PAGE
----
Quantifying and visualizing the shape of developing biological tissues provide information about the morphogenetic processes in multicellular organisms. The size and shape of biological tissues depend on the number, size, shape, and arrangement of the constituting cells. To better understand the mechanisms that guide tissues into their final shape, it is important to investigate the cellular arrangement within tissues. Here we present a data processing pipeline to generate 3D volumetric surface models of epithelial tissues, as well as geometric descriptions of the tissues’ apical cell cross-sections. The data processing pipeline includes image acquisition, editing, processing and analysis, 2D cell mesh generation, 3D contourbased surface reconstruction, cell mesh projection, followed by geometric calculations and color-based visualization of morphological parameters. In their first utilization we have applied these procedures to construct a 3D volumetric surface model at cellular resolution of the wing imaginal disc of Drosophila melanogaster. The ultimate goal of the reported effort is to produce tools for the creation of detailed 3D geometric models of the individual cells in epithelial tissues. To date, 3D volumetric surface models of the whole wing imaginal disc have been created, and the apicolateral cell boundaries have been identified, allowing for the calculation and visualization of cell parameters, e.g. apical cross-sectional area of cells. The calculation and visualization of morphological parameters show position-dependent patterns of cell shape in the wing imaginal disc. Our procedures should offer a general data processing pipeline for the construction of 3D volumetric surface models of a wide variety of epithelial tissues.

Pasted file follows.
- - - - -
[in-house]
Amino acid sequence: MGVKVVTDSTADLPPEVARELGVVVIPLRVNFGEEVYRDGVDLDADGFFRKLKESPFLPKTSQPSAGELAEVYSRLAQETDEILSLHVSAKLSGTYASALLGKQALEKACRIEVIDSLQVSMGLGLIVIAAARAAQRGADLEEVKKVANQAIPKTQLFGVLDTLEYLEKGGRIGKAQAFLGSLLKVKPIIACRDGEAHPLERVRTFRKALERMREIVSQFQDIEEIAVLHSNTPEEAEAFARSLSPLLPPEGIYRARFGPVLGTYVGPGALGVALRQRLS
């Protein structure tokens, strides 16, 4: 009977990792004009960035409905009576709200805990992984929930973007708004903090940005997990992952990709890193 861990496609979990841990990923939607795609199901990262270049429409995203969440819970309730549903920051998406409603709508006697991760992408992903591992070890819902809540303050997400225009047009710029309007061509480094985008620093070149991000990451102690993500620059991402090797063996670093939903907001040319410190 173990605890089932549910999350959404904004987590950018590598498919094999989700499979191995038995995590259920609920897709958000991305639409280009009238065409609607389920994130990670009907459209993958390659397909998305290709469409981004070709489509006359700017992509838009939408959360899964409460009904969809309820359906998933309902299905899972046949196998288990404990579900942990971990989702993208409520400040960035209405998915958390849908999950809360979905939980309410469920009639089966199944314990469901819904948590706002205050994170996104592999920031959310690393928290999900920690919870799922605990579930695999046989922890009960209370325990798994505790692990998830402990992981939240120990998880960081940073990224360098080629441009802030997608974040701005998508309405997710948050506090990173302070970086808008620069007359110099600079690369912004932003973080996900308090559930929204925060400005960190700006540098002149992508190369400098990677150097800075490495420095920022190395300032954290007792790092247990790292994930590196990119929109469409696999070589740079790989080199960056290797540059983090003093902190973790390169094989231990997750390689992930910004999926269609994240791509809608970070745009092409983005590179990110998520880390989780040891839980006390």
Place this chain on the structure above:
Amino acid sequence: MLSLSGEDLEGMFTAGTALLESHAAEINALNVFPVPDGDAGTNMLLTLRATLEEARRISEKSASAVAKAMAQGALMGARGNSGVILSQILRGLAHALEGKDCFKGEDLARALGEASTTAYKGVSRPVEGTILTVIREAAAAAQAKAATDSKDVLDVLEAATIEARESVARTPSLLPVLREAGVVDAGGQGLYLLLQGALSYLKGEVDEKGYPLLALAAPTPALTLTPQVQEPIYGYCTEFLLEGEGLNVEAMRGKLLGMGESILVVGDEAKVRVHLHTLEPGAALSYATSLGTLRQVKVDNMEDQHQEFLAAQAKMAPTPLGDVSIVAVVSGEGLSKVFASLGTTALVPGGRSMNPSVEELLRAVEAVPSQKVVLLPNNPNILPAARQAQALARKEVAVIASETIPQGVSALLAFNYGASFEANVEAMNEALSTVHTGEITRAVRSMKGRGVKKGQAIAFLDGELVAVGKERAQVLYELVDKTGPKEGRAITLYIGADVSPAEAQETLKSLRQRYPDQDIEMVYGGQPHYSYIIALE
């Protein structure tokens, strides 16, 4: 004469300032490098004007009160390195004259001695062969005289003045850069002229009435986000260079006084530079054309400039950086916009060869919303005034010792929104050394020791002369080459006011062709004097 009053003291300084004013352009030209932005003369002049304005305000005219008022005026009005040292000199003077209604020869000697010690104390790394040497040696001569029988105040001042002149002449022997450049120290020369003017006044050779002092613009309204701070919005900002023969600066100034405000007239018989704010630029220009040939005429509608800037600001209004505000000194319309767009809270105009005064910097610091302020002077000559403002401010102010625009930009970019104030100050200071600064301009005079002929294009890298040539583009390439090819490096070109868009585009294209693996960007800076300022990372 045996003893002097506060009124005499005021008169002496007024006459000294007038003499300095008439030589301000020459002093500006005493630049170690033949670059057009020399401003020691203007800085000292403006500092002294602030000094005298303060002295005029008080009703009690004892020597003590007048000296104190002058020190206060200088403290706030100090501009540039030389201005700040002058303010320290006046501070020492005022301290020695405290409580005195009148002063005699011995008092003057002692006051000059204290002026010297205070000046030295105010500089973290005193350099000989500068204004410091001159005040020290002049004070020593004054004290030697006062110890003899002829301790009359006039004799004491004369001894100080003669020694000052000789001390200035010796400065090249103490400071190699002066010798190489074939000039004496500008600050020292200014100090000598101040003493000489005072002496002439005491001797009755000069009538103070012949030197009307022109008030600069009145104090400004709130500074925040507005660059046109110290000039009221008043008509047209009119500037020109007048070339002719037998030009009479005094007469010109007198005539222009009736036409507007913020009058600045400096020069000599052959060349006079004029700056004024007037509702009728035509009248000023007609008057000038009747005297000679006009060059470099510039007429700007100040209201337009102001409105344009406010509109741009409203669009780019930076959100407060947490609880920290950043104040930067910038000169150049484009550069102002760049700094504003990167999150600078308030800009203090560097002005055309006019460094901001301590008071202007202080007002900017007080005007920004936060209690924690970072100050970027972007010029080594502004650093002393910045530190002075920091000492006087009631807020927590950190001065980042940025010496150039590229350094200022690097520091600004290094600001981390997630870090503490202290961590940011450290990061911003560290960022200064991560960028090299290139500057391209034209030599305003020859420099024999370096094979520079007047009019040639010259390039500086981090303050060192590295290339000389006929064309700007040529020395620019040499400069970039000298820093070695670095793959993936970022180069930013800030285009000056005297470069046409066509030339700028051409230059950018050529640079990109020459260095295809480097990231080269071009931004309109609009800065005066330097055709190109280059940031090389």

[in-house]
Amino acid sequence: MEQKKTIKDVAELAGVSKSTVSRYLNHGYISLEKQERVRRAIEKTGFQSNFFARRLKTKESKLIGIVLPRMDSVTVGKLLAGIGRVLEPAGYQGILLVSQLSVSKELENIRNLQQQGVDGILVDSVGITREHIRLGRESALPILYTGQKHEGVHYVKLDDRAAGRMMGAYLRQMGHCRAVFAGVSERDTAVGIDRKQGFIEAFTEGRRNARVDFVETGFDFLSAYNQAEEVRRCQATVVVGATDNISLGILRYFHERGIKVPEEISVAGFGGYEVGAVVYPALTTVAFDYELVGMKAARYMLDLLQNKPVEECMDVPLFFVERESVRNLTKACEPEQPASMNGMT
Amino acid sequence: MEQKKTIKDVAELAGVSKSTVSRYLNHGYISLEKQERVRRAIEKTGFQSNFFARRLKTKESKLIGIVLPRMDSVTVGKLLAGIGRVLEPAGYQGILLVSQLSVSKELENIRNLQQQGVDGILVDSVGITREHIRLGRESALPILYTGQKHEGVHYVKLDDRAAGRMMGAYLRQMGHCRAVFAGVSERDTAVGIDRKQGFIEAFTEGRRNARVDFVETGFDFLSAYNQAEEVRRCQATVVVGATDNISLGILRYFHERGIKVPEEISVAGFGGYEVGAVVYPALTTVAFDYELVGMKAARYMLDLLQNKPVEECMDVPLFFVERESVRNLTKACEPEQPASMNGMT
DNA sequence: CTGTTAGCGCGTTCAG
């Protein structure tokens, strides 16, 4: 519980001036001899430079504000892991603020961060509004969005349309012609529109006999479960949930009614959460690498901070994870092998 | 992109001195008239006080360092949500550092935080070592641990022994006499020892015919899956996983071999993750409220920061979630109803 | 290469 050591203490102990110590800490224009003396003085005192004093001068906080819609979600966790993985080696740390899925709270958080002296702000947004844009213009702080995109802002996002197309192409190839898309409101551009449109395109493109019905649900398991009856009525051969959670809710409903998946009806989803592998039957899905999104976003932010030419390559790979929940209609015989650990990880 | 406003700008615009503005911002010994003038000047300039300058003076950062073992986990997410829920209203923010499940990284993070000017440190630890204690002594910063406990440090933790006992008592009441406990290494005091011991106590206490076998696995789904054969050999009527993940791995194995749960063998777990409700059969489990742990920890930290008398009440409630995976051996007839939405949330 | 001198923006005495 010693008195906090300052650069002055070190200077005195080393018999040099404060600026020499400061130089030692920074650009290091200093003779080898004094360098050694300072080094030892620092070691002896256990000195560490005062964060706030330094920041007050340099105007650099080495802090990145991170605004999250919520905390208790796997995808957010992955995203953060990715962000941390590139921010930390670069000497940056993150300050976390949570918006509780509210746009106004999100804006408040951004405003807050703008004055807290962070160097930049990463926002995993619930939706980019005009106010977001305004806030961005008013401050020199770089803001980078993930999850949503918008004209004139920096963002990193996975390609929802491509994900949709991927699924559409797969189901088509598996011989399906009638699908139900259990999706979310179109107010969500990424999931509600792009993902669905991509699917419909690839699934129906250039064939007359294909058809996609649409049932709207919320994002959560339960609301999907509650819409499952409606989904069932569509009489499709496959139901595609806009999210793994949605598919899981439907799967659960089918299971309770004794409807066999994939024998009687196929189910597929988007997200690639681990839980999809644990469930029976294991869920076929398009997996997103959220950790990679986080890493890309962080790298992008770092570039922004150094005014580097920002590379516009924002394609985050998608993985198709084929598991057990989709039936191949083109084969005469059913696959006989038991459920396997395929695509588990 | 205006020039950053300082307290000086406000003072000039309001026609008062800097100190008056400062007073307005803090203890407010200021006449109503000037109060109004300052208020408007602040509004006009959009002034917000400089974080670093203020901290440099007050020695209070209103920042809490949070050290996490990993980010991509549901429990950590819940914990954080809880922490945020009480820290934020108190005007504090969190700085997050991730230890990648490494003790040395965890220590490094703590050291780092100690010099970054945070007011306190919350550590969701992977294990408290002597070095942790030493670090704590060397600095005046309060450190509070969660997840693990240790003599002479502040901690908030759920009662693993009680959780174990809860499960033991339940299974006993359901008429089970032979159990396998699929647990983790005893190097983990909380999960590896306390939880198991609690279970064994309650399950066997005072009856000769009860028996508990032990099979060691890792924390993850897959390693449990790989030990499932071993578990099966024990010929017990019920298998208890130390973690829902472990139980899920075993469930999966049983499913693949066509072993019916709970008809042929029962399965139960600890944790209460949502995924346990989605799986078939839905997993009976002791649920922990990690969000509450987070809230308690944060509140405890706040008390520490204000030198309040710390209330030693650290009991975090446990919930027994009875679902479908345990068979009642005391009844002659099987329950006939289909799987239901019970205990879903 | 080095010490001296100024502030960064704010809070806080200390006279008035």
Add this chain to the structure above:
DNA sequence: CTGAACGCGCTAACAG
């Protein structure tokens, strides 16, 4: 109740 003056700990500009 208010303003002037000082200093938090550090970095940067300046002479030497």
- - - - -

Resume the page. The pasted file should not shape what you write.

The ear relies on nonlinear amplification to enhance its sensitivity and frequency selectivity. It has been suggested that this active process results from dynamical systems which oscillate spontaneously.
In the bullfrog sacculus, hair bundles, which are the mechanosensitive elements of sensory hair cells display noisy oscillations. These oscillations can be described in a simple model which takes into account the properties of mechanosensitive ion channels coupled to motor proteins which are regulated by inflowing Ca2+ ions. The role of fluctuations can be studied by adding random forcing terms with characteristic amplitudes that result from the number and properties of ion channels and motor molecules. This description can account quantitatively for the experimentally measured linear and nonlinear response functions and reveals the relevance of fluctuations for signal detection.
Conference Committee Involvement (1)
Fluctuations and Noise in Biological, Biophysical, and Biomedical Systems II
26 May 2004 | Maspalomas, Gran Canaria Island, Spain